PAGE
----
LISS-4 is the high-resolution instrument of the satellite and delivers imagery at a resolution of 5.8 meters, either operating its three color channels simultaneously for a ground swath of 23 Kilometers or only using one channel and broadening the ground swath to 70 Kilometers. The other LISS instrument covers four spectral bands in the visible and near-infrared at a 23.5-meter resolution and a swath width of 141 Kilometers.
The AWiFS sensor package covers a wide ground swath of 740 Kilometers at a resolution between 56 and 70 meters, using the same four channels covered by LISS-3 and finely tuned to specific wavelengths that provide insight into different environmental properties such as plant health and total biomass.
ResourceSat, along with the OceanSat, ScatSat and CartoSat programs, represent India’s primary Earth-observation programs, delivering a full spectrum of data to monitor Earth’s land mass, the global oceans and deliver data on the atmosphere.
India’s PSLV rocket came to life at 4:55 UTC on Wednesday morning when firing up the solid-fueled core stage and four of the six Solid Rocket Boosters clustered around it. In a light drizzle, PSLV catapulted itself off the ground with a thrust of 700-metric ton force, turning to an initial heading to the south-east to fly out over the ocean before beginning a guided right-hand turn to transition its flight path to the south-south-west in a an ascent profile designed to avoid the island of Sri Lanka located south east of the space center.
25 seconds into the flight, PSLV fired up the remaining two boosters to increase its total thrust to 803 metric ton force. The 13.5-meter long ground-lit boosters separated in pairs at T+70 seconds followed twenty seconds later by the two air-lits while the core stage continued powering the rocket to a speed of over two Kilometers per second.
PS1 exhausted its propellant supply one minute and 50 seconds into the mission, separating from the second stage at an altitude of 74 Kilometers. Once clear of the 20.3-meter first stage, PS2 fired up its 81,500 Kilogram-force Vikas engine for a burn of two and a half minutes, tasked with lifting the rocket to an altitude of over 270 Kilometers and increasing its speed to 4 Kilometers per second.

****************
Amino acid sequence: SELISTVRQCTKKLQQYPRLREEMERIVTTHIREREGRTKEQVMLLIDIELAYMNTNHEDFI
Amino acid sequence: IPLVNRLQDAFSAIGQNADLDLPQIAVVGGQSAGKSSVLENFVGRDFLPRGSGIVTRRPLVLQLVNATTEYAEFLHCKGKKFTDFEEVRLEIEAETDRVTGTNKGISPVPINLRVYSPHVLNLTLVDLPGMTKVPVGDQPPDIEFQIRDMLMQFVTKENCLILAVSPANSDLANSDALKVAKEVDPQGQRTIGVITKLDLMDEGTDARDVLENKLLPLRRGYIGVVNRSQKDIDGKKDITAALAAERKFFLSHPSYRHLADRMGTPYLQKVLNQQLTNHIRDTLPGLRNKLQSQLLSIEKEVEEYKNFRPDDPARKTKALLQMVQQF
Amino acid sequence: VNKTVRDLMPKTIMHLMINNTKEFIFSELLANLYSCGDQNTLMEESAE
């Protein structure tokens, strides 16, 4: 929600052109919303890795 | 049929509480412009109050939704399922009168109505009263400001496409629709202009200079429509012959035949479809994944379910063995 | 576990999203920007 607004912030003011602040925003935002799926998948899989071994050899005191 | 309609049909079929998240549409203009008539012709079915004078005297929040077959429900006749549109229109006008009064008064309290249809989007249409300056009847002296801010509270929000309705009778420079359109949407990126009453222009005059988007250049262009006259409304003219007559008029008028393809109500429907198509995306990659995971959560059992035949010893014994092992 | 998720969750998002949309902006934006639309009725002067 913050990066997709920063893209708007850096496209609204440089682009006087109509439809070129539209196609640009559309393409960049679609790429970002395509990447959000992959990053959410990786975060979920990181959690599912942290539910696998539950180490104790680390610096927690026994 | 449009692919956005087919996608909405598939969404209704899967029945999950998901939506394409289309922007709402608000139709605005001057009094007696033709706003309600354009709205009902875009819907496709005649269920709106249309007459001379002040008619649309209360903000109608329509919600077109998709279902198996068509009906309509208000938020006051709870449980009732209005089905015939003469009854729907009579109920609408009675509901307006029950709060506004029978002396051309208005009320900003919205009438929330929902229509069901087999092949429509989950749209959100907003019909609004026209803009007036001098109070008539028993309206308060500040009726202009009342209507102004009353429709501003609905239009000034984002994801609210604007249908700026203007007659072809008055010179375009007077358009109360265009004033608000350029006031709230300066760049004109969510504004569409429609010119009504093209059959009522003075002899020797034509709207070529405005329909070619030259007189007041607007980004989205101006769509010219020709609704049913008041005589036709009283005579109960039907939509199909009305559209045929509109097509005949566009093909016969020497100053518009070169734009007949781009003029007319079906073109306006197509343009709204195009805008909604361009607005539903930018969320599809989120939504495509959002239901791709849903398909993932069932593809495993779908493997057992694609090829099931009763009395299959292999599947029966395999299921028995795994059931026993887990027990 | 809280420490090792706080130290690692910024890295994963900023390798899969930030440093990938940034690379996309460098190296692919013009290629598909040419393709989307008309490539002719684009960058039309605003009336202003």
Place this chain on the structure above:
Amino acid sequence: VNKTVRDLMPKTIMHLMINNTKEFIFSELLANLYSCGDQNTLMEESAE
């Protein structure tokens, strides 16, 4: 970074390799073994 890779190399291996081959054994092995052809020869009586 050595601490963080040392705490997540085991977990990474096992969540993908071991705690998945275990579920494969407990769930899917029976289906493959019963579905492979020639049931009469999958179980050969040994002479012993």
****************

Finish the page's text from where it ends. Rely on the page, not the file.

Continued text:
With the second stage up an running, PSLV dropped its payload fairing two and a half minutes into the mission and switched to Closed Loop Control five seconds later to process navigation data and meet its precise orbital target.
Having burned over 40 metric tons of hypergolic propellants, the second stage handed powered flight over to the PS3 stage four minutes and 22 seconds after launch. PS3 burned through 6,700 Kilograms of solid propellant in just under two minutes, generating 25 metric-ton force of thrust to accelerate the stack by another two Kilometers per second.
The vehicle held the spent third stage for 2.5 minutes while climbing in altitude so that the fourth stage could insert the stack into a circular orbit via a single, continuous firing. At T+8 minutes and 54 seconds, ten seconds after dropping the PS3, the fourth stage fired up its two L-2-5 engines to finish the job of lifting ResourceSat-2A into orbit.
Delivering 1,500 Kilogram-force of thrust, the fourth stage burned for a little over eight minutes and reached an orbit of 818.7 by 822.5 Kilometers, inclined 98.7 degrees according to the rocket’s navigation system.
ResourceSat-2A was sent on its way just shy of T+18 minutes and ISRO officials were happy to report signals from the satellite were being received on the ground and video showed the two power-generating solar arrays had deployed as planned. Checking off its 37th consecutive launch success, PSLV continues to fill its role as India’s workhorse.
Heading into 2017, ISRO is currently looking at a manifest of seven or eight missions, picking up in late January with the first orbital launch of the GSLV Mk.III launch vehicle – India’s most powerful rocket. ISRO is also in the process of preparing for a pad abort test in support of the country’s human spaceflight ambitions.